We need a nation builder mind state– so we need resources of all sorts. Money alone can’t defend a nation. The same way the gun alone won’t get it done. We minimize these conversations on both sides of the coin. Many Black Amerikkkan Movement leaders think they’ll be able to rely on George Sorros, Ford Foundation, and Harry Belafonte forever. The trenches tend to think Jimmy Iovine and Jay-Z will find them and free them. Oprah Winfrey has never fed one single soul in my neighborhood. The frats and sororities are useless organizations when the blood is on the pavement in the ghetto.
The streets know we have to save ourselves, but we’re still searching for the proper methodology. Money often offers us the illusion of sophistication. Young Dolph putting on for his hood is what we need. But if he can’t sway the 13,000 active gang members in Memphis to turn their guns towards the police, how are we ever going to build a sense of collective power? Capitalism is so demented that it would drive our youth to kill a Black father in cold blood while he’s visiting his neighborhood cookie shop. The pigs who showed up to remove his lifeless body from the scene are the real opps. This decrepit healthcare system which makes it impossible for even a multi-million dollar nigga to get patched up in a timely fashion after being hit up by an assortment of gun fire is the real opp.
Under the current system it doesn’t matter if you’re Young Dolph or Martin Luther King Jr. both of these Black Men were gunned down in Memphis.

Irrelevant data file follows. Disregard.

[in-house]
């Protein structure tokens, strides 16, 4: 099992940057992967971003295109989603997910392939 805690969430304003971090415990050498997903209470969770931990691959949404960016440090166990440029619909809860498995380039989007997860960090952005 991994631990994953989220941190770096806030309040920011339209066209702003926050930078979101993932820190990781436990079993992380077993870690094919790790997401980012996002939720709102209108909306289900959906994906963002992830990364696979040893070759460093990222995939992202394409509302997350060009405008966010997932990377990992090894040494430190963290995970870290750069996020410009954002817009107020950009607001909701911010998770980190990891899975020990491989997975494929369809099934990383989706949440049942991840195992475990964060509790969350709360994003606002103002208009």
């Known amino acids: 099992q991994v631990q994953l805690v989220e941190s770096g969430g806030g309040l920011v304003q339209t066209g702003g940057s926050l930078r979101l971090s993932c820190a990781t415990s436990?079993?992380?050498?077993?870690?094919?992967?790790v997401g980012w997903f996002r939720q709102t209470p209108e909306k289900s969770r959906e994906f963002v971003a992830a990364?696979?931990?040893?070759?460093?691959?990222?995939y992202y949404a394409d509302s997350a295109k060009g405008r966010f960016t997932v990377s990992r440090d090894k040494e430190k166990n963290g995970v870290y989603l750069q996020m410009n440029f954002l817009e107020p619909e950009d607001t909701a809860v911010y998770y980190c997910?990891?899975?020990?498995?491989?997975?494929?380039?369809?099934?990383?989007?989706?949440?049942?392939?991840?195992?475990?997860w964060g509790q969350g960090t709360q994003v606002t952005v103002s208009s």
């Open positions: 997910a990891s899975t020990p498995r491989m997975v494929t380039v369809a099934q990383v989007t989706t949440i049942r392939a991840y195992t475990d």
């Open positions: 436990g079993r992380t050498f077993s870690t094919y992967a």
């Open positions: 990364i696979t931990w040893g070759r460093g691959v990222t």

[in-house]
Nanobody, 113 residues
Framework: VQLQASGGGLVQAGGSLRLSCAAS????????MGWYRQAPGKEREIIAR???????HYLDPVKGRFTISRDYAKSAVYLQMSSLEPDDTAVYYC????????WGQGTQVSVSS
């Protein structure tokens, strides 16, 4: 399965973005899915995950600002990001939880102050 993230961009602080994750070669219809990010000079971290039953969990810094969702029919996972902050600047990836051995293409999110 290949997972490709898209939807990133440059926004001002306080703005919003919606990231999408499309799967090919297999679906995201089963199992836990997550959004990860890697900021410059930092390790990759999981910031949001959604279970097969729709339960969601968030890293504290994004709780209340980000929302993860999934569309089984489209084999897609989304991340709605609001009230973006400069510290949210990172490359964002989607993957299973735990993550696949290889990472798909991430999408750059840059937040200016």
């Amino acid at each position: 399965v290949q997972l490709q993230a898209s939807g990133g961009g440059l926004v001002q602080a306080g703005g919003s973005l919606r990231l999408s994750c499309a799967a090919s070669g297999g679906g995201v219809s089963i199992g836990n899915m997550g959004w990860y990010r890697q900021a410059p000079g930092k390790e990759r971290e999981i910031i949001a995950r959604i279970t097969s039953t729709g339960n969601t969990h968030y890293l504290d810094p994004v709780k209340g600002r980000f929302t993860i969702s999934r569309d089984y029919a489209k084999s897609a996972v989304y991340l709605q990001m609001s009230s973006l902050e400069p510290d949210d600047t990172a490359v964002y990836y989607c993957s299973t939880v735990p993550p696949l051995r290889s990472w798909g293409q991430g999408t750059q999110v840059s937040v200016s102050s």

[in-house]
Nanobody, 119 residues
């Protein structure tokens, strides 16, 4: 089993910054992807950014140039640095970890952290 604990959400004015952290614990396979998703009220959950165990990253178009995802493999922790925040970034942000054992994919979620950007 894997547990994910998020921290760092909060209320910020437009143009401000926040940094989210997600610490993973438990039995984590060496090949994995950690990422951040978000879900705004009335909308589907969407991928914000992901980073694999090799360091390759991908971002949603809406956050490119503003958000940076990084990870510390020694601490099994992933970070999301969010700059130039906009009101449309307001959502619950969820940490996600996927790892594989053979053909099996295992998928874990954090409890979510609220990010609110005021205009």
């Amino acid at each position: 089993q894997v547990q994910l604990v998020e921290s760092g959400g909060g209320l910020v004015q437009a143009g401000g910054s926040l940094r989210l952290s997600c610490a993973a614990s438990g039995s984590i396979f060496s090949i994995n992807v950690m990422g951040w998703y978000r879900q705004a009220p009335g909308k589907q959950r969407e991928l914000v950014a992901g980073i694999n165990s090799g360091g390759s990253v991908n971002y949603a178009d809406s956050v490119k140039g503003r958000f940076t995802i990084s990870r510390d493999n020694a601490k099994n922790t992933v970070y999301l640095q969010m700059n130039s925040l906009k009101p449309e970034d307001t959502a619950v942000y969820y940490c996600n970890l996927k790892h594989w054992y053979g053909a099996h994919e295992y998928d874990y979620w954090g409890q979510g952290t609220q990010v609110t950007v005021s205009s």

Neither one of them had enough power to stop the shooters from executing their plans. Both of them are in the grave – dead and gone. The final conclusion is Black men of their stature remain an unorganized force. In any war you don’t quietly raise your hand and ask someone to stop killing your soldiers. If you don’t have the power to end the onslaught then you deserve to die. We want you to get money, but we want you to train, spend it on guns to protect your family, employ your Nines and move militant. But above all, please stop trying to turn the career bankers into shooters. We must cease with the lie that everyone Black is fighting for the same exact objectives.
We’re playing a dangerous game merging the bourgeoisie with the hungry. Naturally the streets need leadership, the money is supposed to be a part of our war chest. But if we don’t build it then no one else will, and the only way to build the actual mechanisms WE need is through our intentional aspirations for revolution.
Somebody gotta be willing to be the Patrice Lamumba of the trap in order for this to work. Capitalism sets us up for our conclusion to be nothing more than martyrdom through retweets. Death by way of branding is the ultimate curse for today’s activists. But we fight for a different type of reality, we understand nobody is going to give us anything for free. And we also realize there’s a difference between a liberator and a landlord.